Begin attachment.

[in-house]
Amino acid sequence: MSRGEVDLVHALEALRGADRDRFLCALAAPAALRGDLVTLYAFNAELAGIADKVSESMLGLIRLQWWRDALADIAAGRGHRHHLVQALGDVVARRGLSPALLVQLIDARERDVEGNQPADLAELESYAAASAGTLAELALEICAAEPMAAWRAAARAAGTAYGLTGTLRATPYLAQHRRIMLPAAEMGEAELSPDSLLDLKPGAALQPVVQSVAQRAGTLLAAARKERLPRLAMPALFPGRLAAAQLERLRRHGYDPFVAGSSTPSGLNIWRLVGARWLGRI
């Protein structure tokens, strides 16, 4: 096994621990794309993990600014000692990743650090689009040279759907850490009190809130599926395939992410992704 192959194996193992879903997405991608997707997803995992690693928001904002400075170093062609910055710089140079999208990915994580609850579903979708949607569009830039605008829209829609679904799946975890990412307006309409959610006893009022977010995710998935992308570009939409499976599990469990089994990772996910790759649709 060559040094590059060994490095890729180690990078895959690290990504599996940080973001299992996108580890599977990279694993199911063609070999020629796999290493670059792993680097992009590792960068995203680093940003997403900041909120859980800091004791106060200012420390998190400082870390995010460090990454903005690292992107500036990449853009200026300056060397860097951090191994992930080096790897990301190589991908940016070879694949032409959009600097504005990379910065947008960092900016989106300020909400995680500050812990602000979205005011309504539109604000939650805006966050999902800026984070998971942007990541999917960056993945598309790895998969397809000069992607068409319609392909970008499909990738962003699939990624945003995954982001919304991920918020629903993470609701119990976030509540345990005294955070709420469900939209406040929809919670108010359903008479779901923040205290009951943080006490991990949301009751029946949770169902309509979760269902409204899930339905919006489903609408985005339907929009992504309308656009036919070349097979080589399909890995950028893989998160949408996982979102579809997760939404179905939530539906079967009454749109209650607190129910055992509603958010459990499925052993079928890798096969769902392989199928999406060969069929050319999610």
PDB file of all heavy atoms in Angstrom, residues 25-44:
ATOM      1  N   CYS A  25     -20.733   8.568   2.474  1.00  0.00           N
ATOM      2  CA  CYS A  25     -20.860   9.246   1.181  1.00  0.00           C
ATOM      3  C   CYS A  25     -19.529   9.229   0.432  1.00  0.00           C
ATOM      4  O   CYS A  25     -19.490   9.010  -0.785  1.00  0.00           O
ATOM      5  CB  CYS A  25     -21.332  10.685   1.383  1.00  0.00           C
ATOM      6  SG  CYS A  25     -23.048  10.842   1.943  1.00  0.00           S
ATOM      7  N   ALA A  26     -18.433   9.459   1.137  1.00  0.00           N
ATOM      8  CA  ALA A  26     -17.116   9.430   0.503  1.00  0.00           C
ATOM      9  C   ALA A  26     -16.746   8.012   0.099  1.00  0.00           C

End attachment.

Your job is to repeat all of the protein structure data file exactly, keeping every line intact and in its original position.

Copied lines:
[in-house]
Amino acid sequence: MSRGEVDLVHALEALRGADRDRFLCALAAPAALRGDLVTLYAFNAELAGIADKVSESMLGLIRLQWWRDALADIAAGRGHRHHLVQALGDVVARRGLSPALLVQLIDARERDVEGNQPADLAELESYAAASAGTLAELALEICAAEPMAAWRAAARAAGTAYGLTGTLRATPYLAQHRRIMLPAAEMGEAELSPDSLLDLKPGAALQPVVQSVAQRAGTLLAAARKERLPRLAMPALFPGRLAAAQLERLRRHGYDPFVAGSSTPSGLNIWRLVGARWLGRI
């Protein structure tokens, strides 16, 4: 096994621990794309993990600014000692990743650090689009040279759907850490009190809130599926395939992410992704 192959194996193992879903997405991608997707997803995992690693928001904002400075170093062609910055710089140079999208990915994580609850579903979708949607569009830039605008829209829609679904799946975890990412307006309409959610006893009022977010995710998935992308570009939409499976599990469990089994990772996910790759649709 060559040094590059060994490095890729180690990078895959690290990504599996940080973001299992996108580890599977990279694993199911063609070999020629796999290493670059792993680097992009590792960068995203680093940003997403900041909120859980800091004791106060200012420390998190400082870390995010460090990454903005690292992107500036990449853009200026300056060397860097951090191994992930080096790897990301190589991908940016070879694949032409959009600097504005990379910065947008960092900016989106300020909400995680500050812990602000979205005011309504539109604000939650805006966050999902800026984070998971942007990541999917960056993945598309790895998969397809000069992607068409319609392909970008499909990738962003699939990624945003995954982001919304991920918020629903993470609701119990976030509540345990005294955070709420469900939209406040929809919670108010359903008479779901923040205290009951943080006490991990949301009751029946949770169902309509979760269902409204899930339905919006489903609408985005339907929009992504309308656009036919070349097979080589399909890995950028893989998160949408996982979102579809997760939404179905939530539906079967009454749109209650607190129910055992509603958010459990499925052993079928890798096969769902392989199928999406060969069929050319999610």
PDB file of all heavy atoms in Angstrom, residues 25-44:
ATOM      1  N   CYS A  25     -20.733   8.568   2.474  1.00  0.00           N
ATOM      2  CA  CYS A  25     -20.860   9.246   1.181  1.00  0.00           C
ATOM      3  C   CYS A  25     -19.529   9.229   0.432  1.00  0.00           C
ATOM      4  O   CYS A  25     -19.490   9.010  -0.785  1.00  0.00           O
ATOM      5  CB  CYS A  25     -21.332  10.685   1.383  1.00  0.00           C
ATOM      6  SG  CYS A  25     -23.048  10.842   1.943  1.00  0.00           S
ATOM      7  N   ALA A  26     -18.433   9.459   1.137  1.00  0.00           N
ATOM      8  CA  ALA A  26     -17.116   9.430   0.503  1.00  0.00           C
ATOM      9  C   ALA A  26     -16.746   8.012   0.099  1.00  0.00           C